WELSH language education is a step closer in five Carmarthenshire primary schools after council leaders approved proposals to implement it.
The plans would mean all 188 pupils at Ysgol Rhys Prichard, Llandovery, being taught in Welsh.
The change would also see pupils in the foundation phase at Ysgol Y Ddwylan, Newcastle Emlyn, Ysgol Griffith Jones, St Clears, Ysgol Llangynnwr, near Carmarthen, and Ysgol Llys Hywel, Whitland, being taught in Welsh.
They would then have the choice of language provision at key stage 2, when they are seven years old.
“My hope is that many will want to continue along the Welsh medium continuum, and possibly in time we may consider changing the whole provision,” said Cllr Glynog Davies, referring to the four schools, at an executive board meeting on December 2.
Parents, pupils and the wider community have been consulted on the proposals, prior to statutory notices being issued in September this year, which gave objectors a further opportunity to voice concerns.
There were five objections in total to the statutory notices, relating to concerns about the removal of choice, alleged discrimination and exclusion, and parental worries about not being able to support their children, among others.
In their response to these concerns, council officers said the authority had a legal duty to prepare a Welsh in education strategy with the explicit aim of improving planning for the provision of Welsh medium education, for improving the standards of that education and of the teaching of Welsh.
The council’s most recent strategy, which called for a bilingual Carmarthenshire, was approved in June 2018.
The strategy said Welsh medium education should be available to all pupils, within reasonable travelling distance from their homes, and that primary age pupils will be expected to continue with this programme when transferring to secondary school.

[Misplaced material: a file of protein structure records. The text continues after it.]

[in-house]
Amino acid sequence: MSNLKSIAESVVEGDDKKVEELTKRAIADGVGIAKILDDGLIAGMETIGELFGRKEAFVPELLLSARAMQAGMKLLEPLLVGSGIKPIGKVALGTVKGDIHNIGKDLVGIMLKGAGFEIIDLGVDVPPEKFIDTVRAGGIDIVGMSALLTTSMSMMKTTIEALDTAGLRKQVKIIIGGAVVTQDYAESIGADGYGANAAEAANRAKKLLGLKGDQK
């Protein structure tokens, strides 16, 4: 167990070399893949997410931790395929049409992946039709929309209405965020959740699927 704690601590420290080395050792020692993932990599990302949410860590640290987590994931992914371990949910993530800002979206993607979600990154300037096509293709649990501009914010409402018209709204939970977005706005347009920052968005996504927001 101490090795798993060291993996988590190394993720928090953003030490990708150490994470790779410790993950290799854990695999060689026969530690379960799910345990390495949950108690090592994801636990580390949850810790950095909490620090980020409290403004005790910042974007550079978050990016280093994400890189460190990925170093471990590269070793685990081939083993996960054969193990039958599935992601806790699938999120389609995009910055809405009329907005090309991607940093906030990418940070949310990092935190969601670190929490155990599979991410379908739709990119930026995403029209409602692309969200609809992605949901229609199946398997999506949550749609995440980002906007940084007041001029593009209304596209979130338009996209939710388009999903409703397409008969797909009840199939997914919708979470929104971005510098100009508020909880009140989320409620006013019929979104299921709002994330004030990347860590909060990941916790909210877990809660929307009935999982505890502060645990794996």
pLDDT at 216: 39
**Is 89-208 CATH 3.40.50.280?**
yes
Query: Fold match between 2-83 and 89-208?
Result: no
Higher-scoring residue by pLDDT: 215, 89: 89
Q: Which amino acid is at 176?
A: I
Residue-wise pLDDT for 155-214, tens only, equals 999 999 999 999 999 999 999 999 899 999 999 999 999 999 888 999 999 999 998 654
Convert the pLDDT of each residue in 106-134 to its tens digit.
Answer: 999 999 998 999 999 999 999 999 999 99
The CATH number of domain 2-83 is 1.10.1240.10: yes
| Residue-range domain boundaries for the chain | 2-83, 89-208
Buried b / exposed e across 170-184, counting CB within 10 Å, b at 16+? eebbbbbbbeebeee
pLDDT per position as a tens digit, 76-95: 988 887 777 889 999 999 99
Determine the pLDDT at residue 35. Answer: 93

The council wants all primary pupils to be able to speak, read and write Welsh and English fluently by the end of key stage 2.
Carmarthenshire has 58 Welsh medium primaries and one secondary school one, with 25 English medium primaries and four secondary school ones. There are other schools which fall between the two categories.
Cllr Davies, executive board member for education and children, said: “The authority is keen to move schools along the language continuum.”
Referring to the Welsh Government’s target of one million Welsh speakers in Wales by 2050, he said: “The council wants to play a very positive role that this does happen.”
Cllr Davies also said the planned change for Ysgol Rhys Prichard had been happening naturally, and that only two of the original 54 consultation responses had been objections.
Full council will have the final say on the proposals for all five schools.
Cllr Cefin Campbell, executive board member for communities and rural affairs, said the low number of objections across the five schools was “heartening”, and that parents should be made aware of the positive impacts of bilingualism.
“The best thing we can give our children, as a county council, is the gift of bilingualism,” he said.